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The Industrial Revolution 1760-1830 Paperback – May 1 1997


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Product Details

  • Paperback: 160 pages
  • Publisher: Oxford Paperbacks; New Edition edition (May 1 1997)
  • Language: English
  • ISBN-10: 0192892894
  • ISBN-13: 978-0192892898
  • Product Dimensions: 19.3 x 1.5 x 12.7 cm
  • Shipping Weight: 141 g
  • Average Customer Review: 4.5 out of 5 stars  See all reviews (2 customer reviews)
  • Amazon Bestsellers Rank: #1,154,863 in Books (See Top 100 in Books)
  • See Complete Table of Contents

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Review

?It is certainly rare . . . to find, as in Professor Ashton's work, a combination of neatly summarized research, lively humanity, stimulating generalization, bread-and-butter fact, and an unfailing sense of perspective, all embodied in prose of unmistakable, though entirely unpretentious, quality. It is a pleasure to be able to recommend a book, whether to the student or to the general reader, so entirely without reservation. . . . Few accounts of the great inventions leave the unmechanical reader with any genuine understanding of the problems and solutions involved. This one does.?-The Economist --This text refers to the Hardcover edition.

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Format: Paperback
First published in 1948, this book has gone through many editions, the latest, as we can see here, put out in 1998. I recently read the 1964 edition, picked up long ago at a booksale in Melbourne, Australia. Ashton's work is probably timeless. It is a down-to-earth, very well reasoned history of the various historical tendencies and phenomena that together are called "the industrial revolution". I cannot vouch for this volume being absolutely correct. The author does not have much time for those who dwell on the evils of industrialization, or who want to include class struggle in their analysis. Though I was not fully convinced of this, still I was willing to listen. Not being an expert in the field, I was looking for a decent explanation or summary of the whole process. I definitely got my money's worth in Ashton's book. It is well-written, without jargon and without presumption of vast historical knowledge on the part of the reader. It gives you an overview of such various fields as population growth, early forms of industry in England, the technical innovations, capital, banking, labor unions, conditions of workers, industrialists' clubs, and relation of agriculture to industry. Though I found the part about banks and interest rather rough going, it was entirely due to my own poor understanding of the field. My edition could have used a map. The shires, the rivers, and the many towns of England are not all imprinted firmly in the brains of North Americans. Other than that, I would heartily recommend this book to anyone who wants to improve their understanding of the Industrial Revolution.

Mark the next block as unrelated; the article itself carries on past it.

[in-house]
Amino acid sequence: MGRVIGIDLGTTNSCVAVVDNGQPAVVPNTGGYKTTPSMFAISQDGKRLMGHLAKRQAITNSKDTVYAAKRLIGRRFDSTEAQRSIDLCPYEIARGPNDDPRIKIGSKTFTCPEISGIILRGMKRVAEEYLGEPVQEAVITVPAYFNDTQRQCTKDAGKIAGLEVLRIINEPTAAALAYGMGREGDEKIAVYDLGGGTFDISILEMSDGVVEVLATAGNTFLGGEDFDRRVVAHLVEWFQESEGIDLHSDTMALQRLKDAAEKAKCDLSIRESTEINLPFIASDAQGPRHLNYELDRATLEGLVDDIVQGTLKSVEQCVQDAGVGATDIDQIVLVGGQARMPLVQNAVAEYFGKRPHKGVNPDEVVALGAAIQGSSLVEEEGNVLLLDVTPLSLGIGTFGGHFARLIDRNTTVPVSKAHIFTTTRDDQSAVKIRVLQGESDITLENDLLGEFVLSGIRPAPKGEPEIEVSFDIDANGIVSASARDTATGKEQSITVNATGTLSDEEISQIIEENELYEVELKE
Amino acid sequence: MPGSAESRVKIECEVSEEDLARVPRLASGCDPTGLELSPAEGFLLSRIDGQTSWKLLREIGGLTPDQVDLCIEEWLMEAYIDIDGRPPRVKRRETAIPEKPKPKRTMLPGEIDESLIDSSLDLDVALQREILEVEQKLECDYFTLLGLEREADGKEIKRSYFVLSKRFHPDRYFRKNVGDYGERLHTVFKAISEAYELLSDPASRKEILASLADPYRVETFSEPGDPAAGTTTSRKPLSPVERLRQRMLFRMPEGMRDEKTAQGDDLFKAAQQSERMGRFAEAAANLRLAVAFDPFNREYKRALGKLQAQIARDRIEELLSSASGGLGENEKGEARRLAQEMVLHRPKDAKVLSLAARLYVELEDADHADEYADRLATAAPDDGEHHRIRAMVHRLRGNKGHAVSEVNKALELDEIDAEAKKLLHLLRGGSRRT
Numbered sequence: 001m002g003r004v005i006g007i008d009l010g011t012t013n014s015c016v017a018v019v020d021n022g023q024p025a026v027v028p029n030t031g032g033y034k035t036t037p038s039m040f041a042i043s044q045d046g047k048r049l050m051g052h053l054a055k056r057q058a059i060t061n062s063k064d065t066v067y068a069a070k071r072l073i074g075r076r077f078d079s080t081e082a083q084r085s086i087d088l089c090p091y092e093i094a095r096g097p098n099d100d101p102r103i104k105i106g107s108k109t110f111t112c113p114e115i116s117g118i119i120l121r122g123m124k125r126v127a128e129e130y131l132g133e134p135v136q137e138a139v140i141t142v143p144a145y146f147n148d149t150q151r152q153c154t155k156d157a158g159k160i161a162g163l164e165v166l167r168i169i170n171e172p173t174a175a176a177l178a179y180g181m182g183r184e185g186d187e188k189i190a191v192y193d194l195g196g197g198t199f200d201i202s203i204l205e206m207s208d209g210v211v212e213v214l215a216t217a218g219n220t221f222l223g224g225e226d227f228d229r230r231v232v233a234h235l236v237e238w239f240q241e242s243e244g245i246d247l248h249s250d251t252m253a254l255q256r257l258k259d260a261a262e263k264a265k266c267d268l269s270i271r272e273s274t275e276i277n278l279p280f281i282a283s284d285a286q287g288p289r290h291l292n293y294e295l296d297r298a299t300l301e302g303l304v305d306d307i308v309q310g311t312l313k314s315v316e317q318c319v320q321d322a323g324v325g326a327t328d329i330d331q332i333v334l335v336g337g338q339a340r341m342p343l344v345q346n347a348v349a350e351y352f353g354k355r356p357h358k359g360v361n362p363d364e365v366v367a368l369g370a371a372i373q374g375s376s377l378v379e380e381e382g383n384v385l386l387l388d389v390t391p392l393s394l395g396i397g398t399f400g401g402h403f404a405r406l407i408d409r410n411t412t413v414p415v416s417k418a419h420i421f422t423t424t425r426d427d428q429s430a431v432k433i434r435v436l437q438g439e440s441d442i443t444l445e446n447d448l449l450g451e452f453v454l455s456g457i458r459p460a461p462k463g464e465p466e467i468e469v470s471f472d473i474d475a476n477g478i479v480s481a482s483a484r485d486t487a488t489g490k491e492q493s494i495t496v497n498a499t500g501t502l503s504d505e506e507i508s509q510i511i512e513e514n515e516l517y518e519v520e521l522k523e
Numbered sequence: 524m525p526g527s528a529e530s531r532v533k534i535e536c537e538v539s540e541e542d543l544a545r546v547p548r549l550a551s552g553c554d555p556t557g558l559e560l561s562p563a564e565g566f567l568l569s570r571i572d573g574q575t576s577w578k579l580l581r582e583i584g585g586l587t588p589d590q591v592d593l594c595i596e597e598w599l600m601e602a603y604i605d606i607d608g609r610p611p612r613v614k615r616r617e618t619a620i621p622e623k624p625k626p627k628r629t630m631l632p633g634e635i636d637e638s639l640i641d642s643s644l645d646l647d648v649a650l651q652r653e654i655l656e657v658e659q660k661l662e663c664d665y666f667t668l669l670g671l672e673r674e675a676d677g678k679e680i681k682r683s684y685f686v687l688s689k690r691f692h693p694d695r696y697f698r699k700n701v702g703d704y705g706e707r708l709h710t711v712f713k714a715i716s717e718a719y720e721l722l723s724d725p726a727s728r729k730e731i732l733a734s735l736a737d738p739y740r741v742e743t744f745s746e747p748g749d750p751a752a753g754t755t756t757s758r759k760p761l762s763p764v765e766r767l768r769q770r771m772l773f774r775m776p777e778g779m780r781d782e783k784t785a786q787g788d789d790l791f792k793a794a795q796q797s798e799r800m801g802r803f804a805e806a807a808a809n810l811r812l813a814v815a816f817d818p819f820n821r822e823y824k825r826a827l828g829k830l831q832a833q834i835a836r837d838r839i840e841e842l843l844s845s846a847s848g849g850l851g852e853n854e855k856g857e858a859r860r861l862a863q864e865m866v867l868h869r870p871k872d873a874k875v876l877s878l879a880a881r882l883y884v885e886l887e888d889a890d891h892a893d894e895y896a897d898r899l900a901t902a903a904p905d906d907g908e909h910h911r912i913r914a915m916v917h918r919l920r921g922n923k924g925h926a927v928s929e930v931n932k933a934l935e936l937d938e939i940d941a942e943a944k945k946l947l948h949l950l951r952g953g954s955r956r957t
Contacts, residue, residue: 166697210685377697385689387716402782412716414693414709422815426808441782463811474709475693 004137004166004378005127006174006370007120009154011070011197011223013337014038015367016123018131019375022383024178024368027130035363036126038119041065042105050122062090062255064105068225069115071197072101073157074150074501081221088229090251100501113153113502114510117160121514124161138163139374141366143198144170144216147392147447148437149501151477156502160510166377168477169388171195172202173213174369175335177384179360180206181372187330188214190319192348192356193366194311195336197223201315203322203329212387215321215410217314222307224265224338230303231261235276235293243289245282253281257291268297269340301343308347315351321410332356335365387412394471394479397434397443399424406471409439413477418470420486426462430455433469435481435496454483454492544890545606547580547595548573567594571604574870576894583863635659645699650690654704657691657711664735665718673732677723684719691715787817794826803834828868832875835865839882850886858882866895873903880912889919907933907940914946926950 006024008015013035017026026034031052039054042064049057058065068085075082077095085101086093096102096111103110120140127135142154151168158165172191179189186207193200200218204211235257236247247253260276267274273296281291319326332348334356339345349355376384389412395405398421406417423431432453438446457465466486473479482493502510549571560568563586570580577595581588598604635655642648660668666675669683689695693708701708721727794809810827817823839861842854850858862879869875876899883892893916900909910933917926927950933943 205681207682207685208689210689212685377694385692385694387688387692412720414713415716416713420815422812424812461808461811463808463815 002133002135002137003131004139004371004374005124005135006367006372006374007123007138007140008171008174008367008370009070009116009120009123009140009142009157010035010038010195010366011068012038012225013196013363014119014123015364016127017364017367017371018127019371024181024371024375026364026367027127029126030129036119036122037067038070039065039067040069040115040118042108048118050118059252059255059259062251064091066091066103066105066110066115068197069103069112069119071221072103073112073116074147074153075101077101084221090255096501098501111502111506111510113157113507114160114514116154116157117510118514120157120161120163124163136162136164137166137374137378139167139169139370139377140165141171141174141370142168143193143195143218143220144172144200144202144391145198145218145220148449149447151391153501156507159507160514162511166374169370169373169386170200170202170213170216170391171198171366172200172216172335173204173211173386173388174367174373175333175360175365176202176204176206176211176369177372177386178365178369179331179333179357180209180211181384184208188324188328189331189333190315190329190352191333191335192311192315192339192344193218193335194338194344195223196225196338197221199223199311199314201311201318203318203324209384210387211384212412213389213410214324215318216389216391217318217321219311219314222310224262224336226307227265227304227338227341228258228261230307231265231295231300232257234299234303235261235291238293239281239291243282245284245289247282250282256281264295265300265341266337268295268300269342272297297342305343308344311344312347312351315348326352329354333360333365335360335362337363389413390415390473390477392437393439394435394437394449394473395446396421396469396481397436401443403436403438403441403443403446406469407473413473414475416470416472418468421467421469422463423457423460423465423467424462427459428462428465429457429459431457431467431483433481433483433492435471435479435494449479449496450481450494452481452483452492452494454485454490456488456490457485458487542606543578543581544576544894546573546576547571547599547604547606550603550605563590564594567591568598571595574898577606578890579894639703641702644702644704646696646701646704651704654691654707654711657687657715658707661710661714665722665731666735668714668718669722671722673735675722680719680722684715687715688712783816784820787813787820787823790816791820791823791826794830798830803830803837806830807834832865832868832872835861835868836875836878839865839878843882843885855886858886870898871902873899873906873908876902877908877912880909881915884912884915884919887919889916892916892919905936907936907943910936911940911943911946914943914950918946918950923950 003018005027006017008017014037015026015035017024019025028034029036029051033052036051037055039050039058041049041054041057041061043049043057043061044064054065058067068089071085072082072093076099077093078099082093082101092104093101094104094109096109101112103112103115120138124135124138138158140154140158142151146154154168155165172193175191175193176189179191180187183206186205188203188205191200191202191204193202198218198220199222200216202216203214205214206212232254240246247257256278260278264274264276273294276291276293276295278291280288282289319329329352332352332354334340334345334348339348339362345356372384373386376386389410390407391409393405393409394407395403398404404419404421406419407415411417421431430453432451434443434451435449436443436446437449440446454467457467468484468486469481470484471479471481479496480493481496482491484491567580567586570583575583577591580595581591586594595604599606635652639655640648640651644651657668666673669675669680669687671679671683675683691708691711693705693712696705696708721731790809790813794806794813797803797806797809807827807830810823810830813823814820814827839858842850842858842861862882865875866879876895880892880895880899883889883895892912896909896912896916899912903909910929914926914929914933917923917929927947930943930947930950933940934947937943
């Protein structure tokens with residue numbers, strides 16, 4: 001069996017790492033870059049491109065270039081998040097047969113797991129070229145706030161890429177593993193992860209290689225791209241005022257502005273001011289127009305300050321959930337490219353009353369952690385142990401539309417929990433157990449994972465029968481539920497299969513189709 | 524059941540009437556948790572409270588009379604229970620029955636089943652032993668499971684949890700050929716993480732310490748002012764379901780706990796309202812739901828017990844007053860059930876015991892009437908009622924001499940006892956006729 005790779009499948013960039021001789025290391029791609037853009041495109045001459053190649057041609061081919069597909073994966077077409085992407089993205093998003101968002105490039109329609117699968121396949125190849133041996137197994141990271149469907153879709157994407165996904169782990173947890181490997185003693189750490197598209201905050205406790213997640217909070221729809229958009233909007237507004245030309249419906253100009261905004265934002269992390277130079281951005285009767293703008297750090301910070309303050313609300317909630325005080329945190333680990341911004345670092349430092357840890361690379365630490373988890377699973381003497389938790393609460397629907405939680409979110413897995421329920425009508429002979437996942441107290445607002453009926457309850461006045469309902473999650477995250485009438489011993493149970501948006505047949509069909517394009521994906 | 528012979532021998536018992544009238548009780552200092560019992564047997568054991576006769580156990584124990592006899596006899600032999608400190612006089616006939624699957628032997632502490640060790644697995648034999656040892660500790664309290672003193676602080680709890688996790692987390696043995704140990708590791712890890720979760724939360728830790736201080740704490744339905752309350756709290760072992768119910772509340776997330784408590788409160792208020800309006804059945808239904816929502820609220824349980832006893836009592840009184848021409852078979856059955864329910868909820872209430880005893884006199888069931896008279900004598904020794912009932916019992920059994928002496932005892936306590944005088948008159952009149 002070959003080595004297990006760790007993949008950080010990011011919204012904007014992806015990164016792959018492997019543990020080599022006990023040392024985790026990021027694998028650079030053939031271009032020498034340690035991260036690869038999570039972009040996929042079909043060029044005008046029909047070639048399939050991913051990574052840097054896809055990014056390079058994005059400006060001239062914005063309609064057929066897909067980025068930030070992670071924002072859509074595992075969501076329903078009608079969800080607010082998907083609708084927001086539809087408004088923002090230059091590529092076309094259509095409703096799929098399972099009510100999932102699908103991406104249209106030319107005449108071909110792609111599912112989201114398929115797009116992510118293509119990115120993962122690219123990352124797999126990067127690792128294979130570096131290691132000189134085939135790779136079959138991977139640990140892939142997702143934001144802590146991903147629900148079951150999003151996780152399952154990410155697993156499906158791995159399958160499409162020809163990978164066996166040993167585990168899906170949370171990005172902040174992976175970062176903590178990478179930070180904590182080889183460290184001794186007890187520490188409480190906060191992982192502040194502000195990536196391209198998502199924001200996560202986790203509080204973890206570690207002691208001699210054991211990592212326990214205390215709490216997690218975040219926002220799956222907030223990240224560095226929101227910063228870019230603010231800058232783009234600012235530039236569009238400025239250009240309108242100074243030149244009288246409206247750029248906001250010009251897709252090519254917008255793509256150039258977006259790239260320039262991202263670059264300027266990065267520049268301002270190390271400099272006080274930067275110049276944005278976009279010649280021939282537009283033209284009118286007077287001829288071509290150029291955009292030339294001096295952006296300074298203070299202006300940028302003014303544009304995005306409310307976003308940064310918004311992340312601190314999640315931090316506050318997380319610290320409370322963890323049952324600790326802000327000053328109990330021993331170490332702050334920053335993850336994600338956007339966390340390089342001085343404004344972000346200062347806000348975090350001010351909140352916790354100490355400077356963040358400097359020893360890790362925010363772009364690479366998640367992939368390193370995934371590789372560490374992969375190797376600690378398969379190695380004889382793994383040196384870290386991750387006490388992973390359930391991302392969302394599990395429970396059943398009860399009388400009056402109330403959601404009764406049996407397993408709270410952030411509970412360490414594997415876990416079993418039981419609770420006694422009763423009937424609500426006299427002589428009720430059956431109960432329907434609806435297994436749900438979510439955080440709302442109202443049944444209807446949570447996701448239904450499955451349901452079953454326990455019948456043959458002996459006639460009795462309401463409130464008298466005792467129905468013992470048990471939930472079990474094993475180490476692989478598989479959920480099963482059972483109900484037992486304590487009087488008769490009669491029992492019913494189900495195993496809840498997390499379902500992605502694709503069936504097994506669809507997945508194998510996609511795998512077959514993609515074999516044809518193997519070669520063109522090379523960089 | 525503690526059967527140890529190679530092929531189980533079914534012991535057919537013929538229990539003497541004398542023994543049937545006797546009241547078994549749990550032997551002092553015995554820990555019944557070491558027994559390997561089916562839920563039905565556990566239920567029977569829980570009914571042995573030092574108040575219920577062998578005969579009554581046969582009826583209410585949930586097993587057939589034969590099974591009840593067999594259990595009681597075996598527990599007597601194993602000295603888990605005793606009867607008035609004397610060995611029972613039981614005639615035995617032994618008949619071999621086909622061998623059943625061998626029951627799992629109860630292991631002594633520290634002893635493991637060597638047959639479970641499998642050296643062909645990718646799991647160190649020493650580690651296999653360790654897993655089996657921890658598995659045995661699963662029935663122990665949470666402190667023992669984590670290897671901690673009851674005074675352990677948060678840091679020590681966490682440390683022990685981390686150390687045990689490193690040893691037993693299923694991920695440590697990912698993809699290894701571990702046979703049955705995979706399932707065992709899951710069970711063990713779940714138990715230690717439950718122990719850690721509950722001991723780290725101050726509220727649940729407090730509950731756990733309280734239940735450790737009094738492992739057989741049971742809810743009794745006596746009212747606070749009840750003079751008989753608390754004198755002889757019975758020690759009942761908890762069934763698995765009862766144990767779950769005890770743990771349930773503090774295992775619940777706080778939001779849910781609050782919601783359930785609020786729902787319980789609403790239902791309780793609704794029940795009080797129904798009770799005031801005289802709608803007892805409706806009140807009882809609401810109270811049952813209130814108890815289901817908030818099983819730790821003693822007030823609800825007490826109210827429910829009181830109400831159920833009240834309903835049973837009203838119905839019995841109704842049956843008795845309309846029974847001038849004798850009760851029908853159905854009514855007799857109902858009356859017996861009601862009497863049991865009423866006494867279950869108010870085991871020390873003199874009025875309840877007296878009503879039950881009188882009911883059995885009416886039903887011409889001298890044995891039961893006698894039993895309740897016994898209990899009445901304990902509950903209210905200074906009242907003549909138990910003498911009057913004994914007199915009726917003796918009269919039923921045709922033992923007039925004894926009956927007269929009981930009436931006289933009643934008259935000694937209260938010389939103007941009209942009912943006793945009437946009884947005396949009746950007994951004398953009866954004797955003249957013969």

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Format: Paperback
I can't believe I'm the first to write about this. I bought this a few years back while a graduate student in modern European history. My focus was primarily industrialization. This book is a joy. Ashton provides a thorough picture of the Revolution from several perspectives. He describes how events and developments built upon each other and how the innovators fed each others efforts. Most importantly, Ashton is a terrific writer. Other books on this and like topics can be as dry as the Sahara. Ashton is engaging and witty. This is not a book that requires a terrifically large committment. Even if you are not a student but simply interested in the topic, please read this.